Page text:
Of all of the many, many fruits that we love in the summertime, it’s hard to find one that’s universally more satisfying that a cherry. It’s a one-bite wonder: self-contained, juicy, sweet, easy to pack, and a treat to eat. That’s probably the reason why the California Cherry Board calls May 20 through June 30 “the sweetest six months of summer.”
Of course you can buy cherries from a supermarket or a farm stand, but it’s even more fun to pick your own, which is what the Jolly Tomato family did earlier this month. For our cherry adventure, we chose Copeland’s Cherry Ranch in Leona Valley, California (owned by a friend of a friend). Leona Valley is kind of like a little cherry village in Southern California, with more than a dozen cherry orchards and plentiful you-pick opportunities. Copeland’s is a family-owned organic cherry ranch, with trees first planted in 2000 and given organic certification in 2008. The ranch features four main varieties of sweet cherries: Bing, Rainier, Utah Giant, and Tieton; as well as a handful of Benton cherries.
We had a great time sampling each of the cherries, which ranged from light and not-too-sweet (Rainier) to dark and super-sweet (Tieton). Our kids ran gleefully from tree to tree looking for the colorful tags that mark the variety of the tree. And the picking was a breeze: These trees are just the right height for both kids and adults to pick fruit with no ladder required.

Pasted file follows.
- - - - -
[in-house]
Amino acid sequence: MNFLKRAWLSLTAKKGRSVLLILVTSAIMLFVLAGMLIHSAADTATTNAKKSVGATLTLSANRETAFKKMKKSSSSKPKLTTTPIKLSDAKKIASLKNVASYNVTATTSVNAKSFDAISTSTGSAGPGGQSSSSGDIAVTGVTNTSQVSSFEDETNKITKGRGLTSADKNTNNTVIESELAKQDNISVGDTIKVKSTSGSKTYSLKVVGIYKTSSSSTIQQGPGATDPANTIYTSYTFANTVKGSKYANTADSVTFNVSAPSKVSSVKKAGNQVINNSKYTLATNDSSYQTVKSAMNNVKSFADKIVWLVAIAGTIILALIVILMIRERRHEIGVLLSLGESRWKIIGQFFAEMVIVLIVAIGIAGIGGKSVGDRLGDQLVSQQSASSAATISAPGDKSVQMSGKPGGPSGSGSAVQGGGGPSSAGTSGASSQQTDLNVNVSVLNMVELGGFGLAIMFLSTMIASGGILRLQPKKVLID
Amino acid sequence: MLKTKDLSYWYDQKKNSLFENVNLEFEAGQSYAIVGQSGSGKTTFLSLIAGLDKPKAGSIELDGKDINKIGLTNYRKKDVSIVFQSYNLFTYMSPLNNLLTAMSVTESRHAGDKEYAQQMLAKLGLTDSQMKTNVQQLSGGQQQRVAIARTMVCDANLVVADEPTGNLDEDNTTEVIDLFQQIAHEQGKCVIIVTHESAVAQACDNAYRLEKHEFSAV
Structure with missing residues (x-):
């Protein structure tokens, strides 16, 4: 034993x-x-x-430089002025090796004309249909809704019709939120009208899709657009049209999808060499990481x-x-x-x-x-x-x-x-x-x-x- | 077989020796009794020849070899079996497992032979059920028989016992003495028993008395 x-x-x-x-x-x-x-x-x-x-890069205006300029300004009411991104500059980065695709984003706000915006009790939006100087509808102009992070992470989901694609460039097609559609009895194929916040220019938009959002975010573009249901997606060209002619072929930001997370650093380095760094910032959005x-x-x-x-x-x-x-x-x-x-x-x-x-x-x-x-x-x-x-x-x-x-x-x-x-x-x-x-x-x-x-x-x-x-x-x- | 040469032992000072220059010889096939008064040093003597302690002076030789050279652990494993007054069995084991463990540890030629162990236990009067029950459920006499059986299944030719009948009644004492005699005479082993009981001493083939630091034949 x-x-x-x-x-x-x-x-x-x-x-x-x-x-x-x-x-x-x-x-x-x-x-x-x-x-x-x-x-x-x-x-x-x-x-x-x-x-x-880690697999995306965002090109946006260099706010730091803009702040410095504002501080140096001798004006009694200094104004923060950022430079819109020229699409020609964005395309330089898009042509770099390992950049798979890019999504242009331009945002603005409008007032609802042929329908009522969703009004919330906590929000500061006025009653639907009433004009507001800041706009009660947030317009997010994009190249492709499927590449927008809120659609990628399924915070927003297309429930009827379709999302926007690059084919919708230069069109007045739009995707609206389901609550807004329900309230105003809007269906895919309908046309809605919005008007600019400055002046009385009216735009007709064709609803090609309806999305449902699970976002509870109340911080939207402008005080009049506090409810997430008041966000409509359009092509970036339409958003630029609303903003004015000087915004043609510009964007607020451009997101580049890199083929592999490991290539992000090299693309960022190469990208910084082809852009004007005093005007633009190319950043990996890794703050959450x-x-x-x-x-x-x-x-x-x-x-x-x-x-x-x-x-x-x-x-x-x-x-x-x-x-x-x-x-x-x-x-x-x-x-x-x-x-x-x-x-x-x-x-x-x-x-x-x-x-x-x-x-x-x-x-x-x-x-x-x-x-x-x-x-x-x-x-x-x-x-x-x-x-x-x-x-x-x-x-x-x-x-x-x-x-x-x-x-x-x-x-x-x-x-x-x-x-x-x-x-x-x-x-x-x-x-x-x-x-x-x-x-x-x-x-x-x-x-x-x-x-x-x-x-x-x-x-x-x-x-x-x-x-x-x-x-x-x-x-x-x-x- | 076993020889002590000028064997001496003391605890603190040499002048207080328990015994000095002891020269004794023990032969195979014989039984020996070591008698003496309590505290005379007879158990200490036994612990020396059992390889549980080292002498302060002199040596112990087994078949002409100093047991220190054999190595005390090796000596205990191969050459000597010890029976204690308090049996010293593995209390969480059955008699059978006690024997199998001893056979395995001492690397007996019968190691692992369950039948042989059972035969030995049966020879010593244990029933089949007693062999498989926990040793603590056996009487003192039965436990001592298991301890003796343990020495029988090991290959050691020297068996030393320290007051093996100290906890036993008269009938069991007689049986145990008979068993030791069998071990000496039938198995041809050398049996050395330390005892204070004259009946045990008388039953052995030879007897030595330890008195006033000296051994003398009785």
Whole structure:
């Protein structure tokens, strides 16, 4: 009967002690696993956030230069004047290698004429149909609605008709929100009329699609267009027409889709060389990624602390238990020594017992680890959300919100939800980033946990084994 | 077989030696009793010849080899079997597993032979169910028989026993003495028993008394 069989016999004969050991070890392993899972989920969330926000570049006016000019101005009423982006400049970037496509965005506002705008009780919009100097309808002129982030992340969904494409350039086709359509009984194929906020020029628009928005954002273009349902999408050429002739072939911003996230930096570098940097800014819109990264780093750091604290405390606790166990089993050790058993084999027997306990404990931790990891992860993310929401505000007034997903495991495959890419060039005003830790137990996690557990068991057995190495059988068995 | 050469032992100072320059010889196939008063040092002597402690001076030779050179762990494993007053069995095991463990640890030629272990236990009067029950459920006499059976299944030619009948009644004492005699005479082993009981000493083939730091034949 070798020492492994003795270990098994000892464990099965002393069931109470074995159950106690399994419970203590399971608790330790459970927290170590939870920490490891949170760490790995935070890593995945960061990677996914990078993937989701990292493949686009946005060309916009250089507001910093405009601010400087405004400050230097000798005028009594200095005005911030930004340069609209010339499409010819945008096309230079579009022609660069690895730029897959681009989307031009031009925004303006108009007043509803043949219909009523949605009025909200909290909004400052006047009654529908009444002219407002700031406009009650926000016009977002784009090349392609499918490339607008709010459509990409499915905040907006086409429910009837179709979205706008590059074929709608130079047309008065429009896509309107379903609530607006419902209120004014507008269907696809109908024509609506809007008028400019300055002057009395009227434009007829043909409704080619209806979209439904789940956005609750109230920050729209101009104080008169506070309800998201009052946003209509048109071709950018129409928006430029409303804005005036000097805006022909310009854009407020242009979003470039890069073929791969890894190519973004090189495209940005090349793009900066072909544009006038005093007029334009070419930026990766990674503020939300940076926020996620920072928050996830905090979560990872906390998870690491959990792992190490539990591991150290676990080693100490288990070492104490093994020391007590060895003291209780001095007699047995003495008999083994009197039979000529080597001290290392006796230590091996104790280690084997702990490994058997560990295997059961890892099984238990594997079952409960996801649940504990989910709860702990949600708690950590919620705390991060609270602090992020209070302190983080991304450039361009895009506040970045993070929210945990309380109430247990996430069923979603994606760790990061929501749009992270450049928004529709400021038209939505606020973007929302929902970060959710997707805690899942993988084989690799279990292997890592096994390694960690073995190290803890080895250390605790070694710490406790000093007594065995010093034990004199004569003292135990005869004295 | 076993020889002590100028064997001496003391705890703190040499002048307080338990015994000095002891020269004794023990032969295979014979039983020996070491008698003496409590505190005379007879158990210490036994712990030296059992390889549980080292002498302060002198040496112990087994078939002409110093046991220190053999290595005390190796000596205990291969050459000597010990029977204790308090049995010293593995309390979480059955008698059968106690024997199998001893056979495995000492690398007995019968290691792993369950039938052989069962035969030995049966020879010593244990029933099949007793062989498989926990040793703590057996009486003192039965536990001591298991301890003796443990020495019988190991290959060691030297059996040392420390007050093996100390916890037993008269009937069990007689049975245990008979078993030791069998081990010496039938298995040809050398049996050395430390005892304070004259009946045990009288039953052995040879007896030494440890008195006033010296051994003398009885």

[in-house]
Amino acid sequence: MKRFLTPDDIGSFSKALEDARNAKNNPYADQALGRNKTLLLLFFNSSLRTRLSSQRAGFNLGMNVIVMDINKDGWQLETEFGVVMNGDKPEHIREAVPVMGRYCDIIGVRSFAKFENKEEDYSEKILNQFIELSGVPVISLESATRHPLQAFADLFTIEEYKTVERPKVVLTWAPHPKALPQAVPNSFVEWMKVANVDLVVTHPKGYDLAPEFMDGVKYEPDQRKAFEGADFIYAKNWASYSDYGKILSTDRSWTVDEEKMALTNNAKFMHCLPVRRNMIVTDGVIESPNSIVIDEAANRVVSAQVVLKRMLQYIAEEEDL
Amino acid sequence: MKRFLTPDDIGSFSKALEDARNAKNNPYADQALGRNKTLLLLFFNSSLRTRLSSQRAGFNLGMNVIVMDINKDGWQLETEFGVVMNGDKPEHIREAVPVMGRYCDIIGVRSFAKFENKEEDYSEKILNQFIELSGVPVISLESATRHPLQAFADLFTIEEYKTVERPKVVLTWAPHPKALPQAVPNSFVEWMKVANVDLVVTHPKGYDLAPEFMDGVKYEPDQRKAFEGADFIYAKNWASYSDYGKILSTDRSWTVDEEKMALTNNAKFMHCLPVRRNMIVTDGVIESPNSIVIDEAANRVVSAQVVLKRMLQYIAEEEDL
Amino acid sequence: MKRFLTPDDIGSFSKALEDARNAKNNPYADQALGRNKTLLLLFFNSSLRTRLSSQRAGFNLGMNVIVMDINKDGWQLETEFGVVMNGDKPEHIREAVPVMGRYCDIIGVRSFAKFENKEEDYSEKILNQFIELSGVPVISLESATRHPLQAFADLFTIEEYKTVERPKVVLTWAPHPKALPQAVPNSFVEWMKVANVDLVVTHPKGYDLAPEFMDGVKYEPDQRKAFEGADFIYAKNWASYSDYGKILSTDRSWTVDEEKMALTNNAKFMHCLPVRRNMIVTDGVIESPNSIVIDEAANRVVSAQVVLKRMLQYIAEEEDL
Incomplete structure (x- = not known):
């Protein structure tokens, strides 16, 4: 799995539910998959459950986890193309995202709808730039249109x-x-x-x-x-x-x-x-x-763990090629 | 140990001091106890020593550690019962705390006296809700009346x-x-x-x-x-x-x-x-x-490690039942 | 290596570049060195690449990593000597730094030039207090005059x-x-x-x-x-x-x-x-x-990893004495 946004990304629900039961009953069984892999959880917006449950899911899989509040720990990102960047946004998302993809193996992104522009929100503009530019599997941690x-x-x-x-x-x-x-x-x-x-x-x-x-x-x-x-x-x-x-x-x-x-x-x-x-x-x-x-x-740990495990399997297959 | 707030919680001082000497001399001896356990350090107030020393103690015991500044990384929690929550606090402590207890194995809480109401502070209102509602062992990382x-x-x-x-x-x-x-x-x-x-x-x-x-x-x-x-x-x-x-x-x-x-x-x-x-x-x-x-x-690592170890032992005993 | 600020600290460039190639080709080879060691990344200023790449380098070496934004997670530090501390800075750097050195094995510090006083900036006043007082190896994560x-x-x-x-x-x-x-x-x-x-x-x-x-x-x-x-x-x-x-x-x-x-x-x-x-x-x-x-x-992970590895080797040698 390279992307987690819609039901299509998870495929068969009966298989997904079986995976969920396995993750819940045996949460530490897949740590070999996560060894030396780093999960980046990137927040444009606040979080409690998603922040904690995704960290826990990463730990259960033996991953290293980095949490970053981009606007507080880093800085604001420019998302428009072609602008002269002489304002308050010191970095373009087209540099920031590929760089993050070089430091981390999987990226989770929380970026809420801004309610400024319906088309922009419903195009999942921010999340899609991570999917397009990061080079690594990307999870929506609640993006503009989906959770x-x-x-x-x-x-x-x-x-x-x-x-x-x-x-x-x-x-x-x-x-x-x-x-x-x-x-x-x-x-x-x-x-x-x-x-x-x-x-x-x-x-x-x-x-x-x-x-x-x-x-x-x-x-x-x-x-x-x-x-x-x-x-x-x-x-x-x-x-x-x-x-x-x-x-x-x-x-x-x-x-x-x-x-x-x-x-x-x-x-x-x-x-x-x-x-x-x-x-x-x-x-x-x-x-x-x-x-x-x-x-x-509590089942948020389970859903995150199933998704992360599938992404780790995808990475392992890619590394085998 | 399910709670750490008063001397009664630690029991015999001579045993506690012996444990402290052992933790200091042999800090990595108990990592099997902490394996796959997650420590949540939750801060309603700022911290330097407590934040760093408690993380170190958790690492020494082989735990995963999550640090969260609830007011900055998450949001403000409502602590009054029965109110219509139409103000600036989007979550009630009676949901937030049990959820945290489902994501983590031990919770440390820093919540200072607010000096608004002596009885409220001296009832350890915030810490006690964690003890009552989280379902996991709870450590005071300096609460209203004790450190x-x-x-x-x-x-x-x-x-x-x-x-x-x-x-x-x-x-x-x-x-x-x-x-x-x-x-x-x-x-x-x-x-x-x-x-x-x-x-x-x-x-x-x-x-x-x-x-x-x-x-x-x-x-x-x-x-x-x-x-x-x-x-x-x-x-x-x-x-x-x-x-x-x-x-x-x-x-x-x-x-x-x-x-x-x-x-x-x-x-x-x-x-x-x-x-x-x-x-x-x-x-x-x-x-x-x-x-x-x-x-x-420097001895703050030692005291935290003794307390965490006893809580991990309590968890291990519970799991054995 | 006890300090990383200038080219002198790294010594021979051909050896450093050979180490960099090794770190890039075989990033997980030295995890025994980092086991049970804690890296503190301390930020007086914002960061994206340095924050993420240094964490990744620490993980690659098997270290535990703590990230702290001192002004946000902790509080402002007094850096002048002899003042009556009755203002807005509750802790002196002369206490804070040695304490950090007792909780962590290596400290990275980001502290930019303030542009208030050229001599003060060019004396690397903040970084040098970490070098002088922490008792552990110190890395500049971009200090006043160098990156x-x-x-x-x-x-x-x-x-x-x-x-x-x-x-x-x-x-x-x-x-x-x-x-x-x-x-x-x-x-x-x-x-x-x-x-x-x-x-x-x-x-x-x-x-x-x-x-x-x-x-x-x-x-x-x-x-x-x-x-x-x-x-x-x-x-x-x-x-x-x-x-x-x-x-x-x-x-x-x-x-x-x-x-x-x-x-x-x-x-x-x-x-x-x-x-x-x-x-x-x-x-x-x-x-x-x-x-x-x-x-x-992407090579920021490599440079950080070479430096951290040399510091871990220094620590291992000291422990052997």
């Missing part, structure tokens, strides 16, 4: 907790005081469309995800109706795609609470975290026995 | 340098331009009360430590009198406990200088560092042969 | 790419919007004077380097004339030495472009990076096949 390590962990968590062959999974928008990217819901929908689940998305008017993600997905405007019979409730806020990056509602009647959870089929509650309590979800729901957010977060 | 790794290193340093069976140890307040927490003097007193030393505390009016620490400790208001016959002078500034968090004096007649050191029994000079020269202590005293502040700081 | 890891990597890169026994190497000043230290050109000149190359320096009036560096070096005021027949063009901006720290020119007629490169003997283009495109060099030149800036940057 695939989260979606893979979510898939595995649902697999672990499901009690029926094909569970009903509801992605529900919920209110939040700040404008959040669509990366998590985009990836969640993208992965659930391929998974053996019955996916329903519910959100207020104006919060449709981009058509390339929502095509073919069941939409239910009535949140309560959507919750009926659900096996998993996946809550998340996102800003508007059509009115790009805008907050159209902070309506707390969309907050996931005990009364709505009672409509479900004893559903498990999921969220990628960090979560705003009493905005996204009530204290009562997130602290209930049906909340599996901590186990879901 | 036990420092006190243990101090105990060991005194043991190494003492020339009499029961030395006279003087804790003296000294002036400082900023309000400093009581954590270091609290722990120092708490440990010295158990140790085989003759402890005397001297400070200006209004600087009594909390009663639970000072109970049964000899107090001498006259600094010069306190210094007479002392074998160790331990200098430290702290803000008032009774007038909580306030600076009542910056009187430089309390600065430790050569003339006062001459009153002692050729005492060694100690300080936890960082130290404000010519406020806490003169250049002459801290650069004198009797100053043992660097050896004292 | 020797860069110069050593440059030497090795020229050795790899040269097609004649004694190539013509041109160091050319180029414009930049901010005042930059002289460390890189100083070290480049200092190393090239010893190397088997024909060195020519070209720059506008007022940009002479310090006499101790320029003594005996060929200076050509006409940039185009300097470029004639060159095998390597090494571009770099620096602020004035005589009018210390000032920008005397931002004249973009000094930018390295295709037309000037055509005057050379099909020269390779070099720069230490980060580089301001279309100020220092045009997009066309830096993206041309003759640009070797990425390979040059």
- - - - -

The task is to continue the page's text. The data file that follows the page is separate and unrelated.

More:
Here’s one curiosity about cherry picking: The cherry orchards ask you not to pull off the cherry with the stem attached; they either want you to pick the fruit stemless or else cut off the cherry stem with special scissors. The reason is that if you pull off a whole bunch of cherries with the stems, you might pull off the “woody fruit spur,” which is at the very top of the stem. This part of the tree is essential to producing fruit year after year.
The only challenge is that once you have a bucket full of stemless cherries, you need to use them very fast. That’s when you need to put the kids to work with a cherry pitter and freeze a whole bunch if you have to. Next up on our agenda: Cherry cake, cherry pie, cherry ice cream, and lots and lots of lunchbox cherries. For a special treat, our kids love these chocolate cherry cupcakes. Do you have a favorite cherry recipe?